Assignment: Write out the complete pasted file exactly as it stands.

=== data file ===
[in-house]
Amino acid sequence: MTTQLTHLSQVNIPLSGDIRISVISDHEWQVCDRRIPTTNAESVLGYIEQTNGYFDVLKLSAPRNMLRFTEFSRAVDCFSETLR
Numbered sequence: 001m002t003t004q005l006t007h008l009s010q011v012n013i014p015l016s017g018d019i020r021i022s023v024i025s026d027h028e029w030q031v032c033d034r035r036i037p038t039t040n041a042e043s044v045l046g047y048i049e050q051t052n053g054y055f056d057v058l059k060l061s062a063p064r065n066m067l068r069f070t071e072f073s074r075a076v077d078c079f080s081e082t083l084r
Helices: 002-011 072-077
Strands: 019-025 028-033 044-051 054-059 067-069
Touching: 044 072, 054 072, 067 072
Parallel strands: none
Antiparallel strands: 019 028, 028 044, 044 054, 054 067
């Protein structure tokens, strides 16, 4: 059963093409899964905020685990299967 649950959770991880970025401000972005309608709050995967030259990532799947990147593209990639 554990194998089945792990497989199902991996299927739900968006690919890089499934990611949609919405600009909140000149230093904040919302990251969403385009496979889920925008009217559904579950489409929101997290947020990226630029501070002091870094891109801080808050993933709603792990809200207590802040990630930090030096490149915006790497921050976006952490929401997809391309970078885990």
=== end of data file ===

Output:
[in-house]
Amino acid sequence: MTTQLTHLSQVNIPLSGDIRISVISDHEWQVCDRRIPTTNAESVLGYIEQTNGYFDVLKLSAPRNMLRFTEFSRAVDCFSETLR
Numbered sequence: 001m002t003t004q005l006t007h008l009s010q011v012n013i014p015l016s017g018d019i020r021i022s023v024i025s026d027h028e029w030q031v032c033d034r035r036i037p038t039t040n041a042e043s044v045l046g047y048i049e050q051t052n053g054y055f056d057v058l059k060l061s062a063p064r065n066m067l068r069f070t071e072f073s074r075a076v077d078c079f080s081e082t083l084r
Helices: 002-011 072-077
Strands: 019-025 028-033 044-051 054-059 067-069
Touching: 044 072, 054 072, 067 072
Parallel strands: none
Antiparallel strands: 019 028, 028 044, 044 054, 054 067
């Protein structure tokens, strides 16, 4: 059963093409899964905020685990299967 649950959770991880970025401000972005309608709050995967030259990532799947990147593209990639 554990194998089945792990497989199902991996299927739900968006690919890089499934990611949609919405600009909140000149230093904040919302990251969403385009496979889920925008009217559904579950489409929101997290947020990226630029501070002091870094891109801080808050993933709603792990809200207590802040990630930090030096490149915006790497921050976006952490929401997809391309970078885990």